The holy people of God shares also in Christ's prophetic office; it spreads abroad a living witness to Him, especially by means of a life of faith and charity and by offering to God a sacrifice of praise, the tribute of lips which give praise to His name. That discernment in matters of faith is aroused and sustained by the Spirit of truth.
It is exercised under the guidance of the sacred teaching authority, in faithful and respectful obedience to which the people of God accepts that which is not just the word of men but truly the word of God. It is not only through the sacraments and the ministries of the Church that the Holy Spirit sanctifies and leads the people of God and enriches it with virtues, but, "allotting his gifts to everyone according as He wills, He distributes special graces among the faithful of every rank.
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By these gifts He makes them fit and ready to undertake the various tasks and offices which contribute toward the renewal and building up of the Church, according to the words of the Apostle: "The manifestation of the Spirit is given to everyone for profit". Extraordinary gifts are not to be sought after, nor are the fruits of apostolic labor to be presumptuously expected from their use; but judgment as to their genuinity and proper use belongs to those who are appointed leaders in the Church, to whose special competence it belongs, not indeed to extinguish the Spirit, but to test all things and hold fast to that which is good.
All men are called to belong to the new people of God. Wherefore this people, while remaining one and only one, is to be spread throughout the whole world and must exist in all ages, so that the decree of God's will may be fulfilled. In the beginning God made human nature one and decreed that all His children, scattered as they were, would finally be gathered together as one.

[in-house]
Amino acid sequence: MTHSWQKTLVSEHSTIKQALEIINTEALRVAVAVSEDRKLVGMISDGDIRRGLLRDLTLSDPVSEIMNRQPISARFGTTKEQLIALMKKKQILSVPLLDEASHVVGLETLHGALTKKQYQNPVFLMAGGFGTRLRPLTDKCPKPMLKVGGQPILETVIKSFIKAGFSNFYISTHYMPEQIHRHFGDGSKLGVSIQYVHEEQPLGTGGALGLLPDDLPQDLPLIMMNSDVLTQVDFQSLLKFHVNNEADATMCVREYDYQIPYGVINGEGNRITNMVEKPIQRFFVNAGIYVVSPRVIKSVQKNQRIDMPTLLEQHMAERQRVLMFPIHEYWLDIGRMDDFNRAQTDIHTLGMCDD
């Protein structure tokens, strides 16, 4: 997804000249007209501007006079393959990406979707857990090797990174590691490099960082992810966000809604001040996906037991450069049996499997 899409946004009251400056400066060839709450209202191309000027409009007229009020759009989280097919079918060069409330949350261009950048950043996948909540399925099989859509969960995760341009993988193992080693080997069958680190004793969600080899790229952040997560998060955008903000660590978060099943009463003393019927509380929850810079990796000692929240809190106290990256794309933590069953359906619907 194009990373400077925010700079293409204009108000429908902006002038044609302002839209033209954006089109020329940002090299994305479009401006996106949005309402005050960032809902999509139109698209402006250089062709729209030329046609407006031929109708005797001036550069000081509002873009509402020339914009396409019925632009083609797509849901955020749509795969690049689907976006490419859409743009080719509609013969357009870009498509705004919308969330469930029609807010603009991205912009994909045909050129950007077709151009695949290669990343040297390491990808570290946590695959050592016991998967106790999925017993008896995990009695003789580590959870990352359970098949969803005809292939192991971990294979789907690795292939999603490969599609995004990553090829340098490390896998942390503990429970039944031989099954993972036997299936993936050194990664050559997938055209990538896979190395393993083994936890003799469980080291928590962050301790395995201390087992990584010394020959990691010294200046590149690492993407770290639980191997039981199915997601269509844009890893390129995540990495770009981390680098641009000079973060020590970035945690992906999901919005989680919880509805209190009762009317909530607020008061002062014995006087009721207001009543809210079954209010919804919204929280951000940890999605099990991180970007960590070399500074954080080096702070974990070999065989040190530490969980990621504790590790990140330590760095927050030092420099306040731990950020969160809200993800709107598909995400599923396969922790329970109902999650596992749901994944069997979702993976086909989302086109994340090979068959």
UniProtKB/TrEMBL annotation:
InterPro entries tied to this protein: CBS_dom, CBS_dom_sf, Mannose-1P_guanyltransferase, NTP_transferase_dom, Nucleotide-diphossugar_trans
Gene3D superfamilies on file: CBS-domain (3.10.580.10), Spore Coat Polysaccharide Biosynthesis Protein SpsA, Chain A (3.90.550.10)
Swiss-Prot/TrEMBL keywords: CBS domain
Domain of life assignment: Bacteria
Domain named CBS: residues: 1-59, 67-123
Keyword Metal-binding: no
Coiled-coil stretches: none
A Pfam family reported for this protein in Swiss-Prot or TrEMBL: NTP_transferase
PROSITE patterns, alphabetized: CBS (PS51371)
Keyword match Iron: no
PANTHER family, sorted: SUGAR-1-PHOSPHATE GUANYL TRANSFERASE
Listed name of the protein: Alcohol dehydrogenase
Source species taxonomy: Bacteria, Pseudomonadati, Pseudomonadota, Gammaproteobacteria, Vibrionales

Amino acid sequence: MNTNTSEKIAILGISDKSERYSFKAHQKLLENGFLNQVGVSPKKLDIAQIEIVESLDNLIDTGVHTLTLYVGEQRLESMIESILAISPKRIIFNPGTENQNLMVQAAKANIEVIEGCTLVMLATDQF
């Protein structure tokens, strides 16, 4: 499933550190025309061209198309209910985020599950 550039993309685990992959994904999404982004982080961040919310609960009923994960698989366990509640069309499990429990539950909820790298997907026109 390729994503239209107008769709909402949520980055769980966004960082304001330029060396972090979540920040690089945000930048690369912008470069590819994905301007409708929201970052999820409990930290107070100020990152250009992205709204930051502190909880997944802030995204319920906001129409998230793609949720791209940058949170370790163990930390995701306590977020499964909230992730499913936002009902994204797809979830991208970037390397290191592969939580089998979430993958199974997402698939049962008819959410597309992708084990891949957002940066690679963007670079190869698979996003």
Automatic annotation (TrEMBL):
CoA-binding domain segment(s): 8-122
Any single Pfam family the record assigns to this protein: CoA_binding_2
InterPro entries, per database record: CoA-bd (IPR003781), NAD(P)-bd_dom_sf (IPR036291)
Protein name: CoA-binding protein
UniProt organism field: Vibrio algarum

He it is who brings together the whole Church and each and every one of those who believe, and who is the well-spring of their unity in the teaching of the apostles and in fellowship, in the breaking of bread and in prayers. It follows that though there are many nations there is but one people of God, which takes its citizens from every race, making them citizens of a kingdom which is of a heavenly rather than of an earthly nature.
Since the kingdom of Christ is not of this world the Church or people of God in establishing that kingdom takes nothing away from the temporal welfare of any people. On the contrary it fosters and takes to itself, insofar as they are good, the ability, riches and customs in which the genius of each people expresses itself. Taking them to itself it purifies, strengthens, elevates and ennobles them.
The Church in this is mindful that she must bring together the nations for that king to whom they were given as an inheritance, and to whose city they bring gifts and offerings. By reason of it, the Catholic Church strives constantly and with due effect to bring all humanity and all its possessions back to its source In Christ, with Him as its head and united in His Spirit. In virtue of this catholicity each individual part contributes through its special gifts to the good of the other parts and of the whole Church.
Through the common sharing of gifts and through the common effort to attain fullness in unity, the whole and each of the parts receive increase. Not only, then, is the people of God made up of different peoples but in its inner structure also it is composed of various ranks. This diversity among its members arises either by reason of their duties, as is the case with those who exercise the sacred ministry for the good of their brethren, or by reason of their condition and state of life, as is the case with those many who enter the religious state and, tending toward holiness by a narrower path, stimulate their brethren by their example.